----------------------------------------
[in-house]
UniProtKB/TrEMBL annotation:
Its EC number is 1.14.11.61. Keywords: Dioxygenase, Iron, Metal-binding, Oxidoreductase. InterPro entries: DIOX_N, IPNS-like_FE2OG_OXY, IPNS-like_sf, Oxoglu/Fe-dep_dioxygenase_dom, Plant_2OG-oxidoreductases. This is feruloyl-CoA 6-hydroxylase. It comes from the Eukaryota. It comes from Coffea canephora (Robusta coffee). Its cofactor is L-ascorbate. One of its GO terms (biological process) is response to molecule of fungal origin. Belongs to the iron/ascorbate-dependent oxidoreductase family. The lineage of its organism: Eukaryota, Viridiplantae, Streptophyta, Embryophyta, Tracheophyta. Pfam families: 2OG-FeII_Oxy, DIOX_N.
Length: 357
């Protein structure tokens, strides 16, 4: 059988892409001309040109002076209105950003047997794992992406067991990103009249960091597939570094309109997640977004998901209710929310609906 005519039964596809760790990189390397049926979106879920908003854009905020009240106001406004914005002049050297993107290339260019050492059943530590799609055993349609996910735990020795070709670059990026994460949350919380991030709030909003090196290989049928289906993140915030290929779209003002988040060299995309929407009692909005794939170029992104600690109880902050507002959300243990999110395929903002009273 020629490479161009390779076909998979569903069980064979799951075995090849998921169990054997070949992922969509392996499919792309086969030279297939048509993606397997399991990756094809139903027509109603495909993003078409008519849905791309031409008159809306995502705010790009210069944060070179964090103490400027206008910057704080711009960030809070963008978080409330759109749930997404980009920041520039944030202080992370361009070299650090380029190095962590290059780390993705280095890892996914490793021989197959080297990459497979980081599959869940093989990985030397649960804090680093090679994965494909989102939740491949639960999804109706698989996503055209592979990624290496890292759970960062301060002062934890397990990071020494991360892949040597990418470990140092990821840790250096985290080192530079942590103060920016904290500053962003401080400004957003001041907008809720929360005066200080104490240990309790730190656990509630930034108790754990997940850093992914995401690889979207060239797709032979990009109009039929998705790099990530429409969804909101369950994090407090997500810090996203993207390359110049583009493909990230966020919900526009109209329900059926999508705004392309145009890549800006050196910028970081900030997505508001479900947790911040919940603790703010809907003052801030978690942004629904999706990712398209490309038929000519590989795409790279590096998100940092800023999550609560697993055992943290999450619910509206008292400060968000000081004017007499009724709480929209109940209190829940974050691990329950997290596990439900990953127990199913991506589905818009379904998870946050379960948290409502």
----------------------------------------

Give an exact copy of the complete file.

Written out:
[in-house]
UniProtKB/TrEMBL annotation:
Its EC number is 1.14.11.61. Keywords: Dioxygenase, Iron, Metal-binding, Oxidoreductase. InterPro entries: DIOX_N, IPNS-like_FE2OG_OXY, IPNS-like_sf, Oxoglu/Fe-dep_dioxygenase_dom, Plant_2OG-oxidoreductases. This is feruloyl-CoA 6-hydroxylase. It comes from the Eukaryota. It comes from Coffea canephora (Robusta coffee). Its cofactor is L-ascorbate. One of its GO terms (biological process) is response to molecule of fungal origin. Belongs to the iron/ascorbate-dependent oxidoreductase family. The lineage of its organism: Eukaryota, Viridiplantae, Streptophyta, Embryophyta, Tracheophyta. Pfam families: 2OG-FeII_Oxy, DIOX_N.
Length: 357
């Protein structure tokens, strides 16, 4: 059988892409001309040109002076209105950003047997794992992406067991990103009249960091597939570094309109997640977004998901209710929310609906 005519039964596809760790990189390397049926979106879920908003854009905020009240106001406004914005002049050297993107290339260019050492059943530590799609055993349609996910735990020795070709670059990026994460949350919380991030709030909003090196290989049928289906993140915030290929779209003002988040060299995309929407009692909005794939170029992104600690109880902050507002959300243990999110395929903002009273 020629490479161009390779076909998979569903069980064979799951075995090849998921169990054997070949992922969509392996499919792309086969030279297939048509993606397997399991990756094809139903027509109603495909993003078409008519849905791309031409008159809306995502705010790009210069944060070179964090103490400027206008910057704080711009960030809070963008978080409330759109749930997404980009920041520039944030202080992370361009070299650090380029190095962590290059780390993705280095890892996914490793021989197959080297990459497979980081599959869940093989990985030397649960804090680093090679994965494909989102939740491949639960999804109706698989996503055209592979990624290496890292759970960062301060002062934890397990990071020494991360892949040597990418470990140092990821840790250096985290080192530079942590103060920016904290500053962003401080400004957003001041907008809720929360005066200080104490240990309790730190656990509630930034108790754990997940850093992914995401690889979207060239797709032979990009109009039929998705790099990530429409969804909101369950994090407090997500810090996203993207390359110049583009493909990230966020919900526009109209329900059926999508705004392309145009890549800006050196910028970081900030997505508001479900947790911040919940603790703010809907003052801030978690942004629904999706990712398209490309038929000519590989795409790279590096998100940092800023999550609560697993055992943290999450619910509206008292400060968000000081004017007499009724709480929209109940209190829940974050691990329950997290596990439900990953127990199913991506589905818009379904998870946050379960948290409502």